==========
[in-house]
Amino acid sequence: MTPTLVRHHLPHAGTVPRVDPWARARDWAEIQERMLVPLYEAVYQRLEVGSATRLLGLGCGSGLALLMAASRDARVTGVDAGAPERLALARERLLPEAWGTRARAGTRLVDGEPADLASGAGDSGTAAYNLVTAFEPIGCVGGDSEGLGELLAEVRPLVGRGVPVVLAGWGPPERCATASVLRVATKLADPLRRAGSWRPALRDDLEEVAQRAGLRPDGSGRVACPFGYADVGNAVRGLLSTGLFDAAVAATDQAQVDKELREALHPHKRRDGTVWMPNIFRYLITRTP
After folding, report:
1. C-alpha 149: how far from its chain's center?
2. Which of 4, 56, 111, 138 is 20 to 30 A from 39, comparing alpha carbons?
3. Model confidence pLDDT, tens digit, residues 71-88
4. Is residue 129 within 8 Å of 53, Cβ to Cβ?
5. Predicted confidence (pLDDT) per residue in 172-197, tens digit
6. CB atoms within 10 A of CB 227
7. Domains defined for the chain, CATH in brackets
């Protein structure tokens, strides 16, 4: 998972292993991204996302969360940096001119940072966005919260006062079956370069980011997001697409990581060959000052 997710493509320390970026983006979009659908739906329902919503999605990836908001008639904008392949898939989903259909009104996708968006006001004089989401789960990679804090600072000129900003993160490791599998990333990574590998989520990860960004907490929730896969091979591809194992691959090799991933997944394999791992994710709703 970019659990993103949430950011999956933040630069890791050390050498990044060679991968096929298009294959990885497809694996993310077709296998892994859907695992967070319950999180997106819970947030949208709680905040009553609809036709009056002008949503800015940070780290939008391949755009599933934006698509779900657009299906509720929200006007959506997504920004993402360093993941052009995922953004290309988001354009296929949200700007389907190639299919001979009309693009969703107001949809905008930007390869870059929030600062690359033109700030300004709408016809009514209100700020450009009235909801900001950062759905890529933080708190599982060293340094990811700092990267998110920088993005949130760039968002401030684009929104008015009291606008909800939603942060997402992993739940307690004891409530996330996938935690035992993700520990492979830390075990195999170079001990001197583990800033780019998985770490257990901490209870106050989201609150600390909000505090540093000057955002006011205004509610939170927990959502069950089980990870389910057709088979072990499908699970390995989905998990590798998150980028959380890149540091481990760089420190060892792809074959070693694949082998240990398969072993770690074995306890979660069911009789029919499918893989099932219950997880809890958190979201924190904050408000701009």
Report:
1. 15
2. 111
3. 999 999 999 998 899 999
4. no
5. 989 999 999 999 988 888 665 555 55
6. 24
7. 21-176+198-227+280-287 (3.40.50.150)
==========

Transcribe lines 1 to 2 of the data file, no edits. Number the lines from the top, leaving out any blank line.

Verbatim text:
[in-house]
Amino acid sequence: MTPTLVRHHLPHAGTVPRVDPWARARDWAEIQERMLVPLYEAVYQRLEVGSATRLLGLGCGSGLALLMAASRDARVTGVDAGAPERLALARERLLPEAWGTRARAGTRLVDGEPADLASGAGDSGTAAYNLVTAFEPIGCVGGDSEGLGELLAEVRPLVGRGVPVVLAGWGPPERCATASVLRVATKLADPLRRAGSWRPALRDDLEEVAQRAGLRPDGSGRVACPFGYADVGNAVRGLLSTGLFDAAVAATDQAQVDKELREALHPHKRRDGTVWMPNIFRYLITRTP